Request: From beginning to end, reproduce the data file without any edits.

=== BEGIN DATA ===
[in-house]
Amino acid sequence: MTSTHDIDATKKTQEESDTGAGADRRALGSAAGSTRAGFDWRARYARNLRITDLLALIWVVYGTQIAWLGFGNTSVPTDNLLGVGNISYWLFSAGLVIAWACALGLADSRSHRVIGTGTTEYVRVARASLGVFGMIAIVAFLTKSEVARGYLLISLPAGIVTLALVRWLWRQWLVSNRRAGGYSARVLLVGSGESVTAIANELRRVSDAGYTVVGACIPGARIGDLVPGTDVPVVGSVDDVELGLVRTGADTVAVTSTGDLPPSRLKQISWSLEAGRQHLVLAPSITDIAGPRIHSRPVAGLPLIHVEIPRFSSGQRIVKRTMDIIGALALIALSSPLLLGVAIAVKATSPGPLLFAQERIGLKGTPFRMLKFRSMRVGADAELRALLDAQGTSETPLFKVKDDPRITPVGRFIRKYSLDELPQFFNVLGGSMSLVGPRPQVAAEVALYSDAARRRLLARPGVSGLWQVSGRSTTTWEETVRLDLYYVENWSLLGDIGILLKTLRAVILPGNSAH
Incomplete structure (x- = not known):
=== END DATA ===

[in-house]
Amino acid sequence: MTSTHDIDATKKTQEESDTGAGADRRALGSAAGSTRAGFDWRARYARNLRITDLLALIWVVYGTQIAWLGFGNTSVPTDNLLGVGNISYWLFSAGLVIAWACALGLADSRSHRVIGTGTTEYVRVARASLGVFGMIAIVAFLTKSEVARGYLLISLPAGIVTLALVRWLWRQWLVSNRRAGGYSARVLLVGSGESVTAIANELRRVSDAGYTVVGACIPGARIGDLVPGTDVPVVGSVDDVELGLVRTGADTVAVTSTGDLPPSRLKQISWSLEAGRQHLVLAPSITDIAGPRIHSRPVAGLPLIHVEIPRFSSGQRIVKRTMDIIGALALIALSSPLLLGVAIAVKATSPGPLLFAQERIGLKGTPFRMLKFRSMRVGADAELRALLDAQGTSETPLFKVKDDPRITPVGRFIRKYSLDELPQFFNVLGGSMSLVGPRPQVAAEVALYSDAARRRLLARPGVSGLWQVSGRSTTTWEETVRLDLYYVENWSLLGDIGILLKTLRAVILPGNSAH
Incomplete structure (x- = not known):